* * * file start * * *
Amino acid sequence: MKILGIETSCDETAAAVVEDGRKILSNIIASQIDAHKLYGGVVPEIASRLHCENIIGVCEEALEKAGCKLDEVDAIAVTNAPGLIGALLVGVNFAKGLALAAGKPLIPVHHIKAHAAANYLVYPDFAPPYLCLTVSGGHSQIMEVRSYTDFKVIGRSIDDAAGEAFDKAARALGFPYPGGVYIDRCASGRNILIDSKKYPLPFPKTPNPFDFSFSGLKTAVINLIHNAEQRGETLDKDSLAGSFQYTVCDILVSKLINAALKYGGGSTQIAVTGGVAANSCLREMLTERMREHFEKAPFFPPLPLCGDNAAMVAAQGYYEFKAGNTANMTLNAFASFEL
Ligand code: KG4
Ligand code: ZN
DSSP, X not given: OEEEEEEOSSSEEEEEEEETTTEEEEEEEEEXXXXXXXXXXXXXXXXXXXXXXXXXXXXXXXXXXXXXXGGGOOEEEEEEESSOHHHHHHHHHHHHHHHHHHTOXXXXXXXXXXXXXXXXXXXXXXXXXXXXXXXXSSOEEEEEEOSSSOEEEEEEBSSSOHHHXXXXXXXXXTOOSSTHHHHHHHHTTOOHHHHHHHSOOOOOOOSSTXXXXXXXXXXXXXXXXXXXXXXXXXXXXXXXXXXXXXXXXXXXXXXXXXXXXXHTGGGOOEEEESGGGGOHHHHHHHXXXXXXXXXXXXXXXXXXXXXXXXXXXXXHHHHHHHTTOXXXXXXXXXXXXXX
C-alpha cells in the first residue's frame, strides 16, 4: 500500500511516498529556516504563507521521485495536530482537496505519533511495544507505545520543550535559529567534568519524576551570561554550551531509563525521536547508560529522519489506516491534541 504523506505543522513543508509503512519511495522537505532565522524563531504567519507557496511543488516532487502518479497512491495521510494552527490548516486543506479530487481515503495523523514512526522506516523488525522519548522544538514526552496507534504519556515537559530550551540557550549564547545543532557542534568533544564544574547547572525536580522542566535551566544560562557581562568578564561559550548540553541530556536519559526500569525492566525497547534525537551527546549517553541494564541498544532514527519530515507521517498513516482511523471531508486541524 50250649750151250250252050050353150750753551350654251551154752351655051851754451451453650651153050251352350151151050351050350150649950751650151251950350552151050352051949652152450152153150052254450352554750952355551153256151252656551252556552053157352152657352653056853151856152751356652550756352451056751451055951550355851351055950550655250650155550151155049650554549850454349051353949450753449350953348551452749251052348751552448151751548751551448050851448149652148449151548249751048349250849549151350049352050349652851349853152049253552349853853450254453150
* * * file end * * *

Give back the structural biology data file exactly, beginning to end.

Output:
Amino acid sequence: MKILGIETSCDETAAAVVEDGRKILSNIIASQIDAHKLYGGVVPEIASRLHCENIIGVCEEALEKAGCKLDEVDAIAVTNAPGLIGALLVGVNFAKGLALAAGKPLIPVHHIKAHAAANYLVYPDFAPPYLCLTVSGGHSQIMEVRSYTDFKVIGRSIDDAAGEAFDKAARALGFPYPGGVYIDRCASGRNILIDSKKYPLPFPKTPNPFDFSFSGLKTAVINLIHNAEQRGETLDKDSLAGSFQYTVCDILVSKLINAALKYGGGSTQIAVTGGVAANSCLREMLTERMREHFEKAPFFPPLPLCGDNAAMVAAQGYYEFKAGNTANMTLNAFASFEL
Ligand code: KG4
Ligand code: ZN
DSSP, X not given: OEEEEEEOSSSEEEEEEEETTTEEEEEEEEEXXXXXXXXXXXXXXXXXXXXXXXXXXXXXXXXXXXXXXGGGOOEEEEEEESSOHHHHHHHHHHHHHHHHHHTOXXXXXXXXXXXXXXXXXXXXXXXXXXXXXXXXSSOEEEEEEOSSSOEEEEEEBSSSOHHHXXXXXXXXXTOOSSTHHHHHHHHTTOOHHHHHHHSOOOOOOOSSTXXXXXXXXXXXXXXXXXXXXXXXXXXXXXXXXXXXXXXXXXXXXXXXXXXXXXHTGGGOOEEEESGGGGOHHHHHHHXXXXXXXXXXXXXXXXXXXXXXXXXXXXXHHHHHHHTTOXXXXXXXXXXXXXX
C-alpha cells in the first residue's frame, strides 16, 4: 500500500511516498529556516504563507521521485495536530482537496505519533511495544507505545520543550535559529567534568519524576551570561554550551531509563525521536547508560529522519489506516491534541 504523506505543522513543508509503512519511495522537505532565522524563531504567519507557496511543488516532487502518479497512491495521510494552527490548516486543506479530487481515503495523523514512526522506516523488525522519548522544538514526552496507534504519556515537559530550551540557550549564547545543532557542534568533544564544574547547572525536580522542566535551566544560562557581562568578564561559550548540553541530556536519559526500569525492566525497547534525537551527546549517553541494564541498544532514527519530515507521517498513516482511523471531508486541524 50250649750151250250252050050353150750753551350654251551154752351655051851754451451453650651153050251352350151151050351050350150649950751650151251950350552151050352051949652152450152153150052254450352554750952355551153256151252656551252556552053157352152657352653056853151856152751356652550756352451056751451055951550355851351055950550655250650155550151155049650554549850454349051353949450753449350953348551452749251052348751552448151751548751551448050851448149652148449151548249751048349250849549151350049352050349652851349853152049253552349853853450254453150